Xi continued his international trips, some say to burnish his foreign affairs credentials prior to taking the helm of China's leadership. Xi visited Belgium, Germany, Bulgaria, Hungary and Romania from 7 to 21 October 2009.[50] Xi visited Japan, South Korea, Cambodia, and Myanmar on his Asian trip from 14 to 22 December 2009.

Xi visited the United States, Ireland and Turkey in February 2012. The visit included meeting with U.S. President Barack Obama at the White House and Vice President Joe Biden, with whom he had met extensively in China in August 2011; and stops in California and Iowa, where he met with the family which previously hosted him during his 1985 tour as a Hebei provincial official.

On 15 November 2012, Xi Jinping was elected to the post of General Secretary of the Communist Party and Chairman of the CPC Central Military Commission by the 18th Central Committee of the Communist Party of China, making him – informally – the paramount leader of the Communist Party of China. On the following day, Xi led the new line-up of the Politburo Standing Committee onto the stage in their first public appearance. The new Standing Committee decreased its number of seats from nine to seven, with only Xi himself and Li Keqiang retaining their seats from the previous Standing Committee; the remaining members were new. In a marked departure from the common practice of Chinese leaders, Xi's first speech as General Secretary was plainly worded and did not include any political slogans or mention of his predecessors. Xi mentioned the aspirations of the average person, remarking, "Our people  expect better education, more stable jobs, better income, more reliable social security, medical care of a higher standard, more comfortable living conditions, and a more beautiful environment." Xi also vowed to tackle corruption at the highest levels, alluding that it would threaten the Party's survival; he was reticent about far-reaching economic reforms.

In December 2012, Xi visited Guangdong in his first trip outside of Beijing since taking the Party leadership. The overarching theme of the trip was to call for further economic reform and a strengthened military. Xi paid tribute to the statue of Deng Xiaoping and his trip was described as following in the footsteps of Deng's own southern trip in 1992, which provided the impetus for further economic reforms in China after conservative party leaders stalled many of Deng's reforms in the aftermath of the Tiananmen Square protests of 1989. Xi also visited the Haikou destroyer, which had been patrolling the South China Sea, and also gave a speech to the Guangzhou military region. On his trip, Xi consistently alluded to his signature slogan the "Chinese Dream." "This dream can be said to be the dream of a strong nation. And for the military, it is a dream of a strong military", Xi told sailors. Xi's trip was significant in that he departed from established convention of Chinese leaders' travel routine in multiple ways. Rather than dining out, Xi and his entourage ate regular hotel buffet. He traveled in a large van with his colleagues rather than a fleet of limousines, and did not restrict traffic on the parts of the highway he traveled on.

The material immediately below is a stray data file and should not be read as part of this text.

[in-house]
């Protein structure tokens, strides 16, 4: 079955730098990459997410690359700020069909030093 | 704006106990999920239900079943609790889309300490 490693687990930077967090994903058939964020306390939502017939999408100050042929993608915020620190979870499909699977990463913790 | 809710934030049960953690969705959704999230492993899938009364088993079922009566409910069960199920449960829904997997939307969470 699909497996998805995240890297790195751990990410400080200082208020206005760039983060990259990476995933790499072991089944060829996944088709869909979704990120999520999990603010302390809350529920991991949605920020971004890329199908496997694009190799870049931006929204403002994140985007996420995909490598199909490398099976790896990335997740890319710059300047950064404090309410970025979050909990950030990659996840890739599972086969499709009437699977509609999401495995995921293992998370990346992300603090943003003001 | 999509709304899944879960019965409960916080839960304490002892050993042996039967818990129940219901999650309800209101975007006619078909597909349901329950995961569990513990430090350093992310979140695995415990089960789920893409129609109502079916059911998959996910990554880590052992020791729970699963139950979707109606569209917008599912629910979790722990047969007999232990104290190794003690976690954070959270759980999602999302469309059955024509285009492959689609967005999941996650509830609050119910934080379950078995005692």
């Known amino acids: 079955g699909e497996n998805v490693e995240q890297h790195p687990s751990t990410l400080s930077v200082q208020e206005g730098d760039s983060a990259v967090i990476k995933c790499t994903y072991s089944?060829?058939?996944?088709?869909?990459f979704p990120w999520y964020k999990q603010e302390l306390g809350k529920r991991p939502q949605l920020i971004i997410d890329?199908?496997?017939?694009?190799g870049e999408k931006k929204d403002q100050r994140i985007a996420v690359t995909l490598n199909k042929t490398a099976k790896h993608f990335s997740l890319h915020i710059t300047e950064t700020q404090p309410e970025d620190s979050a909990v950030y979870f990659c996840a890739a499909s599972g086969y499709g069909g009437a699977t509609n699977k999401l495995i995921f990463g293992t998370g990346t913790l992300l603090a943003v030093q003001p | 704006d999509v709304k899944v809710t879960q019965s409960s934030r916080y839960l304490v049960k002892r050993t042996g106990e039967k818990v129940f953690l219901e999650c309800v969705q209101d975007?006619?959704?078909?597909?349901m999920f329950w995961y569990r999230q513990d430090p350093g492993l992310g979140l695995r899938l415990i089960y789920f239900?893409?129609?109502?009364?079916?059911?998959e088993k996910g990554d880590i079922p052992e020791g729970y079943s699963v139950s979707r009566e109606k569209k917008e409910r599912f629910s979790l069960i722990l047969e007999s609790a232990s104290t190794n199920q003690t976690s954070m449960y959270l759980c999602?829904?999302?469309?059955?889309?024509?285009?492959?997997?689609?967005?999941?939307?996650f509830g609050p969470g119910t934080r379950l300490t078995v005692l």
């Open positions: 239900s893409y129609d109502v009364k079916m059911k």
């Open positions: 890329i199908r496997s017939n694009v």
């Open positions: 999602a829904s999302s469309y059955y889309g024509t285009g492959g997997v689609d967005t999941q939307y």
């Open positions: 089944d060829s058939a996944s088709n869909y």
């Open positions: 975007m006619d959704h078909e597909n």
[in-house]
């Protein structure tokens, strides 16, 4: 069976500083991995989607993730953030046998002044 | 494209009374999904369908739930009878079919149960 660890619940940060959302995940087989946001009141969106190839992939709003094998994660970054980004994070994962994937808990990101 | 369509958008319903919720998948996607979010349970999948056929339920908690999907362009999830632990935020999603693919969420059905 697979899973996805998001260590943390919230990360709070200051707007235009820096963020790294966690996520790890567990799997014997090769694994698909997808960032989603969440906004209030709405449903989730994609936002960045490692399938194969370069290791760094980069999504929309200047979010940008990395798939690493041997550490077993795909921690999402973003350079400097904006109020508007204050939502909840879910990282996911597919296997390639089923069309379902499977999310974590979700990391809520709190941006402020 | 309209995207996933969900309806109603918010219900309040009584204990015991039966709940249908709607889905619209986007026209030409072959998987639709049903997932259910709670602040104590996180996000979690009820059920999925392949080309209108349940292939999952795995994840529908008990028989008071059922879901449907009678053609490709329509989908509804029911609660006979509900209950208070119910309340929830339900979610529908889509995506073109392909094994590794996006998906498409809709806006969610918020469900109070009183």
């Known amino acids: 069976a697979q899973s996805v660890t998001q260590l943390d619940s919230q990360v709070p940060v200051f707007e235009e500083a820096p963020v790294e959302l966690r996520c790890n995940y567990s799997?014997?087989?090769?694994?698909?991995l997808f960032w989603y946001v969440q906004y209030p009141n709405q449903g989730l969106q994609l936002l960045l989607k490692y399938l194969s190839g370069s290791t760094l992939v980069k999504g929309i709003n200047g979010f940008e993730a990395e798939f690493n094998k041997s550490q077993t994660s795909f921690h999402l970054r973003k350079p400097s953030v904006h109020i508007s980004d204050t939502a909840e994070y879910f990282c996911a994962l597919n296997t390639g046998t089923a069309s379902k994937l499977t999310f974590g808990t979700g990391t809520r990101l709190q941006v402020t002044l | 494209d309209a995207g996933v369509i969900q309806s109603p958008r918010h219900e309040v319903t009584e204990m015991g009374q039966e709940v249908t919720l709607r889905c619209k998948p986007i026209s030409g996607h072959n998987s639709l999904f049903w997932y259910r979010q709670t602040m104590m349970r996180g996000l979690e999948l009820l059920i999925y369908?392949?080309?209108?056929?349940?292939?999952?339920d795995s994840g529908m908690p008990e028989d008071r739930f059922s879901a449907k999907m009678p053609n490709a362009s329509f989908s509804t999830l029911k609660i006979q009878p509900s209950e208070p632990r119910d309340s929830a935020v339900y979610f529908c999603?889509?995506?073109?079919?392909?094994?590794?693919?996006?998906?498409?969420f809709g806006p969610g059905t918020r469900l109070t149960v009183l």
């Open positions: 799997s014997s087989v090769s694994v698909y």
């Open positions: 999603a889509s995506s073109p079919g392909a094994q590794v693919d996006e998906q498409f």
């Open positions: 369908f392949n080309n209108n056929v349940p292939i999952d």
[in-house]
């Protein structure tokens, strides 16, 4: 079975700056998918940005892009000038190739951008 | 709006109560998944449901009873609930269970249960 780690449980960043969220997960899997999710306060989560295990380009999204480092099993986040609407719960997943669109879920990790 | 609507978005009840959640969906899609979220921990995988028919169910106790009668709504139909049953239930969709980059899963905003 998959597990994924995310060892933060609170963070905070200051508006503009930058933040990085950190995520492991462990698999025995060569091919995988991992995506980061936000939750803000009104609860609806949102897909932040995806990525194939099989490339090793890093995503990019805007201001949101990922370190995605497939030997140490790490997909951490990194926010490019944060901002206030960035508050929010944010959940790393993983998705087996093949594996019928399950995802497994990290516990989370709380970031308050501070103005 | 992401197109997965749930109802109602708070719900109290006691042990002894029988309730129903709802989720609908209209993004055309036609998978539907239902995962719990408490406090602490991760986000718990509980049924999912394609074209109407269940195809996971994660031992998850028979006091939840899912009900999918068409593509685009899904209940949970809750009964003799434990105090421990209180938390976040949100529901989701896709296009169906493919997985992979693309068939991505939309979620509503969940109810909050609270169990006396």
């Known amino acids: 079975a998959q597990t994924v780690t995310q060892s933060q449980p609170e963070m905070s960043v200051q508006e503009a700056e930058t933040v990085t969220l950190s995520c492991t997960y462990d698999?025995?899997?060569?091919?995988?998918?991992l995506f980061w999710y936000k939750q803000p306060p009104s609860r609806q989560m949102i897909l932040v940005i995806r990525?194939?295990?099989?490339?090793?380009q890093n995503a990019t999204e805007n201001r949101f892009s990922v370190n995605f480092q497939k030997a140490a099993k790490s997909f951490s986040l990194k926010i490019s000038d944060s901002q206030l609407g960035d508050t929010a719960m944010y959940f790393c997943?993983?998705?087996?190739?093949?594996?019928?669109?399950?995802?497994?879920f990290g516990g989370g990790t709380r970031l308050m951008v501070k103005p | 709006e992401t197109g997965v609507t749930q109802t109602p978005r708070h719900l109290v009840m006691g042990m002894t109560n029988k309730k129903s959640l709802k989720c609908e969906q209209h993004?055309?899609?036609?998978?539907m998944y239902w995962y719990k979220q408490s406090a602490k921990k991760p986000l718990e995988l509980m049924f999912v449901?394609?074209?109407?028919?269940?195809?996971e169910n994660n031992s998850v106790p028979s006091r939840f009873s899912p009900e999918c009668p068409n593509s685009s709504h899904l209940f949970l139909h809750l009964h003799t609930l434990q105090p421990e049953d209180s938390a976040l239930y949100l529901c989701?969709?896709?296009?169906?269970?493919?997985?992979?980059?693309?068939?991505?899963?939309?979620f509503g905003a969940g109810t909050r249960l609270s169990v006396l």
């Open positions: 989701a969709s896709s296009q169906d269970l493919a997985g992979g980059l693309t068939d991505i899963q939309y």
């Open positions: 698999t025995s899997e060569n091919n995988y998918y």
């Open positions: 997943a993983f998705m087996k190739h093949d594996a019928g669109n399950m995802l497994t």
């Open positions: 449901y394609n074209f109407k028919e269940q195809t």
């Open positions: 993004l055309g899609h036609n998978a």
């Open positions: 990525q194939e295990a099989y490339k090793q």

Xi was elected President of the People's Republic of China on 14 March 2013, in a confirmation vote by the 12th National People's Congress in Beijing. He received 2,952 for, one vote against, and three abstentions. He replaced Hu Jintao, who retired after serving two terms. Although the presidency is officially a ceremonial post, in recent years it has become customary for the general secretary to assume the presidency as confirmation of his rise to power.

The liberal reformer Li Yuanchao was elected as Vice President in a 2839 to 80 vote, becoming the first vice-president not to be a member of the Politburo Standing Committee since Rong Yiren in 1998.

In his new capacity as President, on 16 March Xi expressed support for noninterference in China–Sri Lanka relations amid a United Nations Security Council vote to condemn that country over government abuses during the Sri Lankan Civil War. On 17 March, Xi and his new ministers arranged a meeting with the chief executive of Hong Kong, CY Leung, confirming his support for Leung. Within hours of his election, Xi discussed cyber security and North Korea with U.S. President Barack Obama over the phone, who announced the visits of Treasury and State secretaries Jacob Lew and John F. Kerry to China on the following week. Within a week of his assuming the Presidency, Xi embarked on a trip to Russia, Tanzania, South Africa, and Republic of Congo.

Source : Wikipedia